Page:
Colin Hunter, business rates director at national commercial property consultancy Lambert Smith Hampton (LSH), talks about the significance of the latest business rates ruling for museums.
A matter of reasonableness
A property’s rateable value – which is used to determine its business rates liability – is intended to reflect the reasonable rent that a tenant would be willing to pay on the open market.
In the case of museums and other specialist properties where no rent is paid, the cost of constructing the building – commonly known as the contractor’s method – is deemed by the Valuation Office Agency (VOA) to be a reasonable guide.
However, it has long been argued that using the contractor’s method for historic properties is neither fair nor reasonable, owing to the fact that it produces a dramatically higher rateable value than the alternative valuation method of receipts and expenditure, which has regard to the trading potential and the cost of running the property.
The choice of valuation method is determined by the VOA, which is tasked with setting and maintaining fair and reasonable rateable values. Yet, despite its industry-wide condemnation, almost 50% of all museums across England and Wales are still valued using the contractor’s method.
An inconsistent approach
I have been advising York Museum and Gallery Trust (YMT) in respect of its appeals against the VOA’s use of the contractor’s method for several years.
The specific properties that the appeals referred to were all historic, listed buildings in York occupied and run by YMT and its wholly owned subsidiary York Museums and Enterprises Ltd (YME), and included the iconic Castle Museum, Yorkshire Museum which includes the ruins of St Mary’s Abbey, York Art Gallery and the former St Mary’s Church, known as the Heritage Centre.
In February 2017, a total of eight appeals were brought against the VOA by the YMT in a single case heard by the Upper Tribunal (Lands Chamber). The hearing lasted five days and covered complex legal and valuation arguments, with the VOA defending its use of the contractor’s method despite evidence of an inconsistency in its approach, with many other museums benefitting from low rateable values.
Throughout the appeal process, the VOA also argued strongly that if a museum has a separate trading company (as recommended by the Charity Commission), then that company must be in occupation of the shops, cafés and wedding venues, and should therefore be separately assessed.
Not only would this hard line approach have significantly increased the YMT’s total Rateable Value, it would also have meant that charitable relief and discretionary relief would not be available for shops, cafés and wedding or conference venues – a decision which would have impacted other museums which have followed the Charity Commission guidance.
On 23 May 2017, after several months of deliberation, the Upper Tribunal published its decision, ruling primarily in favour of YMT.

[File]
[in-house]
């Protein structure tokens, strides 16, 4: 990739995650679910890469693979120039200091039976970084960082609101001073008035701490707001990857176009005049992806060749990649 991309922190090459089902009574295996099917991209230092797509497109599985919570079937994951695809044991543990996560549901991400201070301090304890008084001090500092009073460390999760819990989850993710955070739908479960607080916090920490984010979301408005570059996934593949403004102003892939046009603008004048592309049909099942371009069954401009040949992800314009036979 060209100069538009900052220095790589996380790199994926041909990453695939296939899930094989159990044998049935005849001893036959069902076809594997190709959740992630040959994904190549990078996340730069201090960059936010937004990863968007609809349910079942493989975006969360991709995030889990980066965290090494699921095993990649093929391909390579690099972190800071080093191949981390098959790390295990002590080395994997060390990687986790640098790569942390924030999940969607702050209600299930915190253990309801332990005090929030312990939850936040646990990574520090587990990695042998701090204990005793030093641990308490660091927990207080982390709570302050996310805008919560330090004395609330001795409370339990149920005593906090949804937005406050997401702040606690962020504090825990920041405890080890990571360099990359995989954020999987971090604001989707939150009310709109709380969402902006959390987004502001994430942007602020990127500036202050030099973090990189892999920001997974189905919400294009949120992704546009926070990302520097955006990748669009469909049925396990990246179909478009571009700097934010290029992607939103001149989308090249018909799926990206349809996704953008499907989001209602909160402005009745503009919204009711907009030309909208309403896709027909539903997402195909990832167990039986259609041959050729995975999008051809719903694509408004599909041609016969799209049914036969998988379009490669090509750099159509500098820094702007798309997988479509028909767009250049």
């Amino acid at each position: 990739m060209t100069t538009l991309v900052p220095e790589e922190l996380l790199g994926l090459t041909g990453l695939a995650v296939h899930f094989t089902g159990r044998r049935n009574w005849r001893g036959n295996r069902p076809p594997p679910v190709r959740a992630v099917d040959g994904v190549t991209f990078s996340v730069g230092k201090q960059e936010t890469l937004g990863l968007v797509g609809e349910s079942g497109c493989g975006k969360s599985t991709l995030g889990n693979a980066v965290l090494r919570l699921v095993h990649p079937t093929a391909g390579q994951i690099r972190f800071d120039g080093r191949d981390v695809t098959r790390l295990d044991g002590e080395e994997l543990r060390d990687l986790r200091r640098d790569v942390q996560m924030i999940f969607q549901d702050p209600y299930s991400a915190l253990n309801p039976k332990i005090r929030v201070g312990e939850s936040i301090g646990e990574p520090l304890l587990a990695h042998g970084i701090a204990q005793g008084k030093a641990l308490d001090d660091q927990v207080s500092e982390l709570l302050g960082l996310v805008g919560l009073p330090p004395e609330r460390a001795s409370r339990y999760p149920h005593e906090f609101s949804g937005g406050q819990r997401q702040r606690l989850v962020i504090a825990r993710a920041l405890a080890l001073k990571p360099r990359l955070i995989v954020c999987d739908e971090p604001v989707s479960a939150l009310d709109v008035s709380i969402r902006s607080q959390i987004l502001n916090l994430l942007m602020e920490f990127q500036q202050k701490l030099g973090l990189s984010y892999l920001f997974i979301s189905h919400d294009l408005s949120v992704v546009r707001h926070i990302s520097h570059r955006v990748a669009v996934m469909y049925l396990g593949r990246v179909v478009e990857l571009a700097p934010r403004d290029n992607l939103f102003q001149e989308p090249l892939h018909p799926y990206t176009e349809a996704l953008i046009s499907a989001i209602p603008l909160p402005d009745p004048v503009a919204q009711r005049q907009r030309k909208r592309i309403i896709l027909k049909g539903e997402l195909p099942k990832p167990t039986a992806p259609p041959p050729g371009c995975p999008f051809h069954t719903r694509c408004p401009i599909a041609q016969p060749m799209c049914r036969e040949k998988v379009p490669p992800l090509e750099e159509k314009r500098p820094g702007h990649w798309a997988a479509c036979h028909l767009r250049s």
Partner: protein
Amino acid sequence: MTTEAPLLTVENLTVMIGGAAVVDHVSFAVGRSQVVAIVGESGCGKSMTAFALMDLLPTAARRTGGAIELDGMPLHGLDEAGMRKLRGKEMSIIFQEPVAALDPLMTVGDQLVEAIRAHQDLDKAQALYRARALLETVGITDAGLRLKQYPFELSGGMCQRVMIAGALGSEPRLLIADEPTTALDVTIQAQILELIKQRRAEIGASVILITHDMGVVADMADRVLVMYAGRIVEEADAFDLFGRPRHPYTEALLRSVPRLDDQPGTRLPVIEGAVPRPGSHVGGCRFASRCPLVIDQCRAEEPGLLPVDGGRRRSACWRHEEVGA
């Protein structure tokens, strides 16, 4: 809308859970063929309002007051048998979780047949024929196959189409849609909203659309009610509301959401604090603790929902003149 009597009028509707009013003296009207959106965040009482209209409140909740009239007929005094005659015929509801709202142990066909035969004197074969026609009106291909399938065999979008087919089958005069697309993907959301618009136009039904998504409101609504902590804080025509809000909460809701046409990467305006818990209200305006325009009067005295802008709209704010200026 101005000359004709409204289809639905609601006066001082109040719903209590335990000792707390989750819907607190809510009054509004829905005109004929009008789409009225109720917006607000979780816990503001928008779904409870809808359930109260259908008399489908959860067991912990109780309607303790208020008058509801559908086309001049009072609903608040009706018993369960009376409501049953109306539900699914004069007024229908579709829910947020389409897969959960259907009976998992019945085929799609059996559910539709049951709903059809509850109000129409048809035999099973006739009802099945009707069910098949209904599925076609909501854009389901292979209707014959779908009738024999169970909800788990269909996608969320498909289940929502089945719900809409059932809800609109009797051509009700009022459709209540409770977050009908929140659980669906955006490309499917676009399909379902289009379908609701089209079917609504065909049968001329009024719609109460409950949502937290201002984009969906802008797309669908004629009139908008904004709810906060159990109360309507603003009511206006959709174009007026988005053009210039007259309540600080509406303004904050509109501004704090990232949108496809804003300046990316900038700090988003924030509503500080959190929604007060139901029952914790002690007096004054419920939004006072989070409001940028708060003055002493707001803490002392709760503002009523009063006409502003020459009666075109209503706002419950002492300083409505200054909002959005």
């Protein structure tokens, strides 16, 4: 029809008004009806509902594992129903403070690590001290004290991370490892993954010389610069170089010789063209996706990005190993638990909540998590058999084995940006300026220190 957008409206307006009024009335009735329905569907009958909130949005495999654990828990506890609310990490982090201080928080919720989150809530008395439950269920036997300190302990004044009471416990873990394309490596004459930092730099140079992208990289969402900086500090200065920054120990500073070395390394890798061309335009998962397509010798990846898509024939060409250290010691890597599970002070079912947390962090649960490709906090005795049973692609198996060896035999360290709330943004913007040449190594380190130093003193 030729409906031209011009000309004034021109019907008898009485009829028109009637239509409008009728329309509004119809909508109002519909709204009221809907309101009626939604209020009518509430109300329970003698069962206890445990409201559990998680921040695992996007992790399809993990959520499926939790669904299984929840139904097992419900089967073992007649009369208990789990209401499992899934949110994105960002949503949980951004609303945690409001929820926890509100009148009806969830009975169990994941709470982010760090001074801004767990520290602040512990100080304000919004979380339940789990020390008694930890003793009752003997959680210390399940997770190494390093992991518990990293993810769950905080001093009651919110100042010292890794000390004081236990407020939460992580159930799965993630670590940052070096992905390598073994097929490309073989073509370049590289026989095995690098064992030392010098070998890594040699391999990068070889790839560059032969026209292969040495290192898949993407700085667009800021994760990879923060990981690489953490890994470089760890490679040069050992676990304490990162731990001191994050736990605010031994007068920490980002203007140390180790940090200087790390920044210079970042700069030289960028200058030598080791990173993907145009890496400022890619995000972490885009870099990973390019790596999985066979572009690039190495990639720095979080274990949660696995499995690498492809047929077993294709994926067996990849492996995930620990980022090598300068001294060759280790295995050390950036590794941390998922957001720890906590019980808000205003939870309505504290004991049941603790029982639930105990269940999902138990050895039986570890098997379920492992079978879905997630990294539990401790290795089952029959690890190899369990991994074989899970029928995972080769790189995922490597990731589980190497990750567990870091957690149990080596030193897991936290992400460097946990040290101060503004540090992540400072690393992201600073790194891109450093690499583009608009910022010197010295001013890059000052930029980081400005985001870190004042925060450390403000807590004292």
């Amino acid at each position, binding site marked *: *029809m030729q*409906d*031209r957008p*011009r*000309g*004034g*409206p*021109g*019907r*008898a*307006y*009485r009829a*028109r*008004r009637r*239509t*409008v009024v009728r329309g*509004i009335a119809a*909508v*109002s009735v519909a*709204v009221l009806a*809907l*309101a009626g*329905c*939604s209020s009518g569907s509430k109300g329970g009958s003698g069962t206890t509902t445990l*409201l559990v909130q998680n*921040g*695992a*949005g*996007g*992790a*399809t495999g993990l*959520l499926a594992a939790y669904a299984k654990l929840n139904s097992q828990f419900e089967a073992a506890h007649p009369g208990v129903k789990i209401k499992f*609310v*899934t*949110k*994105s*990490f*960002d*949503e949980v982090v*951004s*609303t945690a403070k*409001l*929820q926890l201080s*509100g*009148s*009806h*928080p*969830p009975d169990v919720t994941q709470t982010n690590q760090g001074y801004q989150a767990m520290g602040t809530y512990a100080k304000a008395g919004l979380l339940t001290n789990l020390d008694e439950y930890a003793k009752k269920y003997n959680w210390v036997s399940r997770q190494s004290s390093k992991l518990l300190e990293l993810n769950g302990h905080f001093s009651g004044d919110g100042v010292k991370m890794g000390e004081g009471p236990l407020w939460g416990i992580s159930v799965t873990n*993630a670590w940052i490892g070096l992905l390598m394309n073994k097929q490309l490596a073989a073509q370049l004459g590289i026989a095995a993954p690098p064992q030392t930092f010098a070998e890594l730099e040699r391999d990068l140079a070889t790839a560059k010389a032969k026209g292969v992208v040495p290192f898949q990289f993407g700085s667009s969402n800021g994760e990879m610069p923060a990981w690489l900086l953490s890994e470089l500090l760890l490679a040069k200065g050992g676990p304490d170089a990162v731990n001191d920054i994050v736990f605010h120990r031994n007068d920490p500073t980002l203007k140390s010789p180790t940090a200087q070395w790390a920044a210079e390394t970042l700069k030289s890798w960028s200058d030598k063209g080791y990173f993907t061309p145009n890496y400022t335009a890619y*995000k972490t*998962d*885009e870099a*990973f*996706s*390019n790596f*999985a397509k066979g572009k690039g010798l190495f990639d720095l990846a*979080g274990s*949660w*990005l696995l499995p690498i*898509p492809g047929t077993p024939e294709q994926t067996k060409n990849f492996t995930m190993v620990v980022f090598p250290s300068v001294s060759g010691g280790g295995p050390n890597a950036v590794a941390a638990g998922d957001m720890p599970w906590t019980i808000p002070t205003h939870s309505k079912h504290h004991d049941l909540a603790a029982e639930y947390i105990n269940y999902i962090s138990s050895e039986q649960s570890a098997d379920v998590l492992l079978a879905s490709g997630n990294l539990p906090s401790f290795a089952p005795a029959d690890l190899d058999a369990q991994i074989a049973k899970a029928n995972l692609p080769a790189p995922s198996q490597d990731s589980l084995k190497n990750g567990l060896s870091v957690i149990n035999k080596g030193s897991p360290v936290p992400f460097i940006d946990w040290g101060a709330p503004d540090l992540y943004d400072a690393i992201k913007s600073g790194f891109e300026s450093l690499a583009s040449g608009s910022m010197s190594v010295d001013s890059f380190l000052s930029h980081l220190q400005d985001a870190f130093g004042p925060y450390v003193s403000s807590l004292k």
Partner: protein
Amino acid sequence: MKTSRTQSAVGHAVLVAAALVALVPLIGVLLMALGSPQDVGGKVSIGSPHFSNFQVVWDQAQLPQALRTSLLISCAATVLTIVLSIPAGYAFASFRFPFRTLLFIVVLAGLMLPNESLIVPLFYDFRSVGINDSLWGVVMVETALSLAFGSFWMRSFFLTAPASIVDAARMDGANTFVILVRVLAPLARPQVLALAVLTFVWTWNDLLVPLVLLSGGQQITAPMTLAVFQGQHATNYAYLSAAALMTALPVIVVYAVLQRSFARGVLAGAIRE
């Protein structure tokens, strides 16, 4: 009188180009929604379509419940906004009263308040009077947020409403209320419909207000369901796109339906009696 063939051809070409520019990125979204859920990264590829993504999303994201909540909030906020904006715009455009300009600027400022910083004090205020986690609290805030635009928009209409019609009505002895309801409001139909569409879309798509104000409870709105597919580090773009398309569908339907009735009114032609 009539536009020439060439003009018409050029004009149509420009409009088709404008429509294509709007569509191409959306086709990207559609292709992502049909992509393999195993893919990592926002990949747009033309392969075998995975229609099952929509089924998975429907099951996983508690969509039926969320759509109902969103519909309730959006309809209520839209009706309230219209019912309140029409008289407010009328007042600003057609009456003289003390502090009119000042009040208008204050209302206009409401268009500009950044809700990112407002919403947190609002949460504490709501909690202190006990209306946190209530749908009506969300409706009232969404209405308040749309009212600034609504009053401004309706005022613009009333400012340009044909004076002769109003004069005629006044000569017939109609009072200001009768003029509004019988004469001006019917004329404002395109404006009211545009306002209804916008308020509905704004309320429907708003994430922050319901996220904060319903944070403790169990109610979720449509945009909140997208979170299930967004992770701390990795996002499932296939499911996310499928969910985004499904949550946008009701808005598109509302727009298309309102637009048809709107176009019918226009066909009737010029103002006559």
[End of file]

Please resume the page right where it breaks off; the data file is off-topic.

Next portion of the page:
The reasoning being that the aims of the YMT and YME were wholly aligned and so in areas shared between the two, there was no conflict and YMT were indeed the rateable occupiers, save for the small “shop” at Yorkshire Museum which, at the dates for the appeals of 1 April 2010, was divided from the rest of the museum by a set of doors and was served by a dedicated retail counter and till. As this space was wholly retail, it was considered that there was no shared occupation and that the shop should therefore be viewed as being in the occupation of YME and separately assessed. The impact of this is a backdated liability of around £15,000, which might be further reduced.
The decision therefore provides guidance for how other museums can avoid having their shops and cafés separately assessed and also sets the boundaries for situations where the VOA will be able to split out the shops and cafés.
It is worth noting however, that if a café is run by a concessionaire then normally the concessionaire’s occupation will be ignored and the café will remain part of the main assessment.
The Upper Tribunal came down firmly against the use of contractor’s method of valuation for YMT’s properties, confirming a rateable value of £1 for the Yorkshire Museum – a hidden gem with modest visitor numbers high maintenance costs owing to its Grade II Listed garden, and a range of Grade I Listed buildings including the ruins of St Mary’s Abbey, York Observatory and the Multangular Tower, the lower courses of which are Roman remains. In contrast, Castle Museum, which is the jewel in the crown for YMT and has higher visitor numbers, was set a much higher rateable value of £183,000, which reflects not just its turnover but the surplus the property is capable of generating.
Hope for other museum operators
Over 700 museums across England and Wales now potentially stand to gain as a result of the decision – particularly those which have seen large increases in Rateable Values following the Revaluation (click here to see and LSH infographic giving the changes by region).
Properties will not automatically be reassessed and, as the decision for Castle Museum demonstrates, museums can have legitimately high values so ratepayers are strongly advised not to appeal without first seeking professional advice from a qualified Chartered Surveyor.
Ratepayers that have not already appealed against the 2010 Rating List or are dissatisfied with the outcome of a previous appeal can, based on this decision, make backdated appeals against the 2010 Rating List, as long as they are lodged by 30 September 2017.
Colin Hunter MRICS IRRV
T: 0113 887 6758